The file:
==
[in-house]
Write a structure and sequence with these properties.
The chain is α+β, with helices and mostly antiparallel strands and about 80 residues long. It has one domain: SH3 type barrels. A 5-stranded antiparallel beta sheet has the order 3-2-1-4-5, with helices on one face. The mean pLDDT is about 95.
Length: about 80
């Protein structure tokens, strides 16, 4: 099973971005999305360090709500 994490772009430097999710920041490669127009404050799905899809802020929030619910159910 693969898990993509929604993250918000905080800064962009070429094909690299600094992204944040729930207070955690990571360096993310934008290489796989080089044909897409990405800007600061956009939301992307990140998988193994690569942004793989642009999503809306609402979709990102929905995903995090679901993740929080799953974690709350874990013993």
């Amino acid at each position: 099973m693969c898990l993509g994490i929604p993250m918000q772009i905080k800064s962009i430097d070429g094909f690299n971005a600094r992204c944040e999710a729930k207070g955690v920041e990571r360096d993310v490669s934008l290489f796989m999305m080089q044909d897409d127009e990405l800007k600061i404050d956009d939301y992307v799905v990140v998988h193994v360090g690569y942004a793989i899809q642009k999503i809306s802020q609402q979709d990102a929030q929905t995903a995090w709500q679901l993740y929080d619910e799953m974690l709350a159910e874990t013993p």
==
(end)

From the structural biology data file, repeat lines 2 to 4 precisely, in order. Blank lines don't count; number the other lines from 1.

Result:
Write a structure and sequence with these properties.
The chain is α+β, with helices and mostly antiparallel strands and about 80 residues long. It has one domain: SH3 type barrels. A 5-stranded antiparallel beta sheet has the order 3-2-1-4-5, with helices on one face. The mean pLDDT is about 95.
Length: about 80